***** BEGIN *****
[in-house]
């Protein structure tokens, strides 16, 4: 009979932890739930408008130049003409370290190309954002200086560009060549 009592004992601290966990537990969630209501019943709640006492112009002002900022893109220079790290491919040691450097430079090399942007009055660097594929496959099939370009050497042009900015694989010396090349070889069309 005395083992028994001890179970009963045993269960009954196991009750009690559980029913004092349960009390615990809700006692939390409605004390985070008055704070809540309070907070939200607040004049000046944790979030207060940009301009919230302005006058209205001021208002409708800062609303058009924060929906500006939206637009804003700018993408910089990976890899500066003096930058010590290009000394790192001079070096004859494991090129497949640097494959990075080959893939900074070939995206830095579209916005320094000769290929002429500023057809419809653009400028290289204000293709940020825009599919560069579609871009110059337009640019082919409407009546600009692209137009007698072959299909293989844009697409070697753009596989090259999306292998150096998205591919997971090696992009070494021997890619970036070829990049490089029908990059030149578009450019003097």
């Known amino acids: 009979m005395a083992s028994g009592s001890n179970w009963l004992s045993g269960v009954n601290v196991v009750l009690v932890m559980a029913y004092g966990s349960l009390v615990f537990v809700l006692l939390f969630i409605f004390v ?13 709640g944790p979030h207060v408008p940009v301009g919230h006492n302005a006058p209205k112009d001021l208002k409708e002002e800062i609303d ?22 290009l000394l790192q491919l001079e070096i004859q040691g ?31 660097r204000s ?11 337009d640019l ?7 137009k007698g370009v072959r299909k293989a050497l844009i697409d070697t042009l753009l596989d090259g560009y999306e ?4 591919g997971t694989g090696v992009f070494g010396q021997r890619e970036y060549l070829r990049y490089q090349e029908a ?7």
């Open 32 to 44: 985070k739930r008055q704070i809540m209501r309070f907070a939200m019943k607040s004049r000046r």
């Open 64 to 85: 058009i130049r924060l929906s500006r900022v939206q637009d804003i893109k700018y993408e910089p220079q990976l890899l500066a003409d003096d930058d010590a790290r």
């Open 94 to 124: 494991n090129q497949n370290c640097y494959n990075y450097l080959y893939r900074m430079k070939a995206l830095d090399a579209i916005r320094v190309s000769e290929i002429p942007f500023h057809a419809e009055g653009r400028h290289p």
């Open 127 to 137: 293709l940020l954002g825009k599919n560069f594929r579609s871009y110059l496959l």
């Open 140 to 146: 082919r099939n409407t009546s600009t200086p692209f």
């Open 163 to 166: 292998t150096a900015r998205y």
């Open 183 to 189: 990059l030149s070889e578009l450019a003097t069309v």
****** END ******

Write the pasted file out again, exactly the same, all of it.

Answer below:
[in-house]
């Protein structure tokens, strides 16, 4: 009979932890739930408008130049003409370290190309954002200086560009060549 009592004992601290966990537990969630209501019943709640006492112009002002900022893109220079790290491919040691450097430079090399942007009055660097594929496959099939370009050497042009900015694989010396090349070889069309 005395083992028994001890179970009963045993269960009954196991009750009690559980029913004092349960009390615990809700006692939390409605004390985070008055704070809540309070907070939200607040004049000046944790979030207060940009301009919230302005006058209205001021208002409708800062609303058009924060929906500006939206637009804003700018993408910089990976890899500066003096930058010590290009000394790192001079070096004859494991090129497949640097494959990075080959893939900074070939995206830095579209916005320094000769290929002429500023057809419809653009400028290289204000293709940020825009599919560069579609871009110059337009640019082919409407009546600009692209137009007698072959299909293989844009697409070697753009596989090259999306292998150096998205591919997971090696992009070494021997890619970036070829990049490089029908990059030149578009450019003097």
């Known amino acids: 009979m005395a083992s028994g009592s001890n179970w009963l004992s045993g269960v009954n601290v196991v009750l009690v932890m559980a029913y004092g966990s349960l009390v615990f537990v809700l006692l939390f969630i409605f004390v ?13 709640g944790p979030h207060v408008p940009v301009g919230h006492n302005a006058p209205k112009d001021l208002k409708e002002e800062i609303d ?22 290009l000394l790192q491919l001079e070096i004859q040691g ?31 660097r204000s ?11 337009d640019l ?7 137009k007698g370009v072959r299909k293989a050497l844009i697409d070697t042009l753009l596989d090259g560009y999306e ?4 591919g997971t694989g090696v992009f070494g010396q021997r890619e970036y060549l070829r990049y490089q090349e029908a ?7």
């Open 32 to 44: 985070k739930r008055q704070i809540m209501r309070f907070a939200m019943k607040s004049r000046r």
């Open 64 to 85: 058009i130049r924060l929906s500006r900022v939206q637009d804003i893109k700018y993408e910089p220079q990976l890899l500066a003409d003096d930058d010590a790290r």
């Open 94 to 124: 494991n090129q497949n370290c640097y494959n990075y450097l080959y893939r900074m430079k070939a995206l830095d090399a579209i916005r320094v190309s000769e290929i002429p942007f500023h057809a419809e009055g653009r400028h290289p």
């Open 127 to 137: 293709l940020l954002g825009k599919n560069f594929r579609s871009y110059l496959l």
């Open 140 to 146: 082919r099939n409407t009546s600009t200086p692209f």
């Open 163 to 166: 292998t150096a900015r998205y």
């Open 183 to 189: 990059l030149s070889e578009l450019a003097t069309v």